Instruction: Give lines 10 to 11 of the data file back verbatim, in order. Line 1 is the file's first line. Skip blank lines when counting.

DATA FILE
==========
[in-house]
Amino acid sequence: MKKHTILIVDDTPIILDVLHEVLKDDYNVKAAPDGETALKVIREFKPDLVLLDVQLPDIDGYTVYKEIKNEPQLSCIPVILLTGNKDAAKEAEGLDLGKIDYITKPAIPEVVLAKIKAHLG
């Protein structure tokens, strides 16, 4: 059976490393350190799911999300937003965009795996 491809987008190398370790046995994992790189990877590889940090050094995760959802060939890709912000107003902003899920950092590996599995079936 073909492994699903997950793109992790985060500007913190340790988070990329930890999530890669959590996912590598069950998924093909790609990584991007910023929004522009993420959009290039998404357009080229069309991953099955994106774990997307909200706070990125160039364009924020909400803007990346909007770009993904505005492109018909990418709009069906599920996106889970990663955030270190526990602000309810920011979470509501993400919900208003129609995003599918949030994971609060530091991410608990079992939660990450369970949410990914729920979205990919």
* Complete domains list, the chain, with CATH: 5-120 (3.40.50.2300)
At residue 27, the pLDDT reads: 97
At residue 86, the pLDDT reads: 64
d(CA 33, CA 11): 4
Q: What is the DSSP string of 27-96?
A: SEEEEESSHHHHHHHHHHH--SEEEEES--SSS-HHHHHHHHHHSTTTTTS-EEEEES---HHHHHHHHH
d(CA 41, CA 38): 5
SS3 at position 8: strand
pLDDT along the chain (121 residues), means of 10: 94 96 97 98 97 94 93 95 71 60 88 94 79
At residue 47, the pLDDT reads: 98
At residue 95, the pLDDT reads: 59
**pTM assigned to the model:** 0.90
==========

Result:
d(CA 41, CA 38): 5
SS3 at position 8: strand